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The State of Sequoyah
"Indian Territory Proposed as Sequoyah"

Information provided by the
Cherokee Nation Cultural Resource Center
E-mail: cultural@cherokee.org

[**Note: Cultural information may vary from clan
to clan, location to location, family to family,
and from differing opinions and experiences.
Information provided is not 'etched in stone'.]


The U.S. government attempted to abolish the governments of the Five Civilized Tribes effective March 4, 1906. This was through the Curtis Act. Most of the members of the United States Congress were in favor of Indian Territory and Oklahoma Territory combining into one state. Most of the Native Americans, and some whites who legally resided in Indian Territory, were adamantly against united with Oklahoma Territory.

In April, 1905, President Theodore Roosevelt promoted single statehood at each stop of his railroad campaign throughout Indian Territory. A separate state, however, consisting of the Five Civilized Tribes located in Indian Territory, was proposed. The name of that state would be "Sequoyah."

J.A. Norman wrote, "Oklahoma has already thrown down the gauntlet of statehood by holding this summer a convention to form a constitution for Oklahoma and Indian Territories as one state. We, as Cherokee, Creek, Choctaw, Chickasaw, Seminole, and Osage Indians, together with the whites and blacks in our midst, have the same right to call a constitutional convention, to adopt a constitution for the Indian Territory's new state, called "Sequoyah," and submit it to the next congress to ratify as it is already duly bound to do so by sacred and solemn treaties. American citizens, the loyal patriotic matter is now us to you."

It was said that Norman's letter "Lighted a match and set the prairies on fire." Norman later joined with Cherokee Chief Rogers, and Choctaw Chief McCurtain, and called for a constitutional convention. They were soon joined by Muscogee (Creek) Chief Porter and Seminole Chief Brown. However, Chickasaw Chief Johnston was in favor of joint statehood with Oklahoma and refused to participate. However, he later sent William Murray who was his private secretary.

The convention convened on August 22, 1905 and was held at the Hinton Theater in downtown Muskogee, Muscogee (Creek) Nation, Indian Territory. The hall was decorated with pictures of the Cherokee inventor Sequoyah, pictures of the Five Civilized Tribes' Chiefs, as well as American flags and a picture of Theodore Roosevelt. The festivities were embelished by the Muskogee Merchant's Band. The Muskogee Phoenix reported that ". . . hardshelled single staters figuratively wept bitter tears."

The elected Chairman of the Constitution Committee was W.W. Hastings (Cherokee) of Tahlequah. Some of the hottest debates were the boundaries of the proposed 48 counties, but suffrage for women was also a topic of much discussion. Due to the matrilineal structure of the Cherokee society, the Cherokee representatives fought earnestly for the right to vote being given to both sexes.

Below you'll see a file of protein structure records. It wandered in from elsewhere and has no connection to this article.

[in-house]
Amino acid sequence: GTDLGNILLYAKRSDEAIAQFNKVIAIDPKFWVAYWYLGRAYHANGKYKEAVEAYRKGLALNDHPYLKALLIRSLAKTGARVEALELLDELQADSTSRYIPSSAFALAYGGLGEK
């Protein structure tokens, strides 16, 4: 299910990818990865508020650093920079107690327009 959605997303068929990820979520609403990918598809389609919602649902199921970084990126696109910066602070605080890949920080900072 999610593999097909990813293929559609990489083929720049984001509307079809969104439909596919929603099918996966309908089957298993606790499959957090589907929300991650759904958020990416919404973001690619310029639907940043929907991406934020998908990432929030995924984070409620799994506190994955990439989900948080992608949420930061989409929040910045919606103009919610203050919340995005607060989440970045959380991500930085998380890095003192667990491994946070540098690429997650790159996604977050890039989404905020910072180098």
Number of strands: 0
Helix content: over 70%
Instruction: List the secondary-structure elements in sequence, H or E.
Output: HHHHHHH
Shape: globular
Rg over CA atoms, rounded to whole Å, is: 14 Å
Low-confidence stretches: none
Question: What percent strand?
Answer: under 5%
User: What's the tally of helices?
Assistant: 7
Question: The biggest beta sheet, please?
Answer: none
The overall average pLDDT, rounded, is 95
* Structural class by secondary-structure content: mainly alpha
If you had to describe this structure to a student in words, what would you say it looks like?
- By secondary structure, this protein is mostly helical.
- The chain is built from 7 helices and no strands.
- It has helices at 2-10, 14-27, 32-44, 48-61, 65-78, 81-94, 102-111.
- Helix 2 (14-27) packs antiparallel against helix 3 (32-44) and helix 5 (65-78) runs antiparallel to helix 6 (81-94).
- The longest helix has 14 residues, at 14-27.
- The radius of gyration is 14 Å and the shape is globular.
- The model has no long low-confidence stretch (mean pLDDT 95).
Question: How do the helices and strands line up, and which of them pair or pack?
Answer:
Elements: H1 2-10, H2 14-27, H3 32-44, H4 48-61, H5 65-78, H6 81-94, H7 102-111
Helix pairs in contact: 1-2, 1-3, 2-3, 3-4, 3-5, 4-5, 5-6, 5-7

The Principal Chiefs stated on October 1, "Indian Territory has reached to period of transition from tribal government to that of statehood. The policy of the United States expressed in treaties and upheld by the United States government has always consistently maintained the position that out of the country owned and occupied by the nations of the Indian Territory at the right time a state or states should be formed by its people. This time was fixed by the agreements closing the tribal governments March 4, 1906. Through this transition our present government shall not be annihilated but transformed into material for a nobly builded state. This shall we have life, not death." It was signed, "the Principal Chiefs of the Cherokee, Choctaw, Seminole and Creek Nations.

The Sequoyah Constitution was published on October 14, 1905 with an election on November 7. 65,352 votes were cast, and 56,279 were for the ratification of the constitution. Only 9,073 were against.

A copy of the constitution, along with the results of the votes, were sent to U.S. Congress. However, Congress would not even consider it. The St. Louis Republic editorialized, "the Indians are powerless to enforce the bargains which Congress made with them, and organized government is absolutely necessary to the whites who have gone, and are still going fast, into the Territory."

A handbill promoting the State of Sequoyah stated, "These treaties so far as they apply to the lands owned by the Five Civilized Tribes, and to those lands alone, have never been repealed, but expressly ratified in later treaties. . . . If these promises are not binding upon the United States, then our government and people can be bound by no treaty. If we do not scrupulously respect the rights flowing from these treaties no one can reasonably place confidence in our national honor.

In 1907, Indian and Oklahoma territores were merged into one state whose name is a Choctaw word for 'home of the red man,' - Oklahoma.


Related paths and contacts:

For more information contact the source:
Cherokee Nation Cultural Resource Center
E-mail: cultural@cherokee.org

* Cherokee Heritage Center
Mail: P.O. Box 515; Tahlequah, OK 74465
Location: 21672 S. Keeler, Park Hill, Oklahoma
Phone: 918-456-6007 ~ FAX: 918-456-6165
E-Mail: info@cherokeeheritage.org

* Official Site of the Cherokee Nation of Oklahoma
P. O. Box 948 Tahlequah, Oklahoma 74465
Phone: (918) 456-0671 ~ Toll free OK only: 1-800-256-0671


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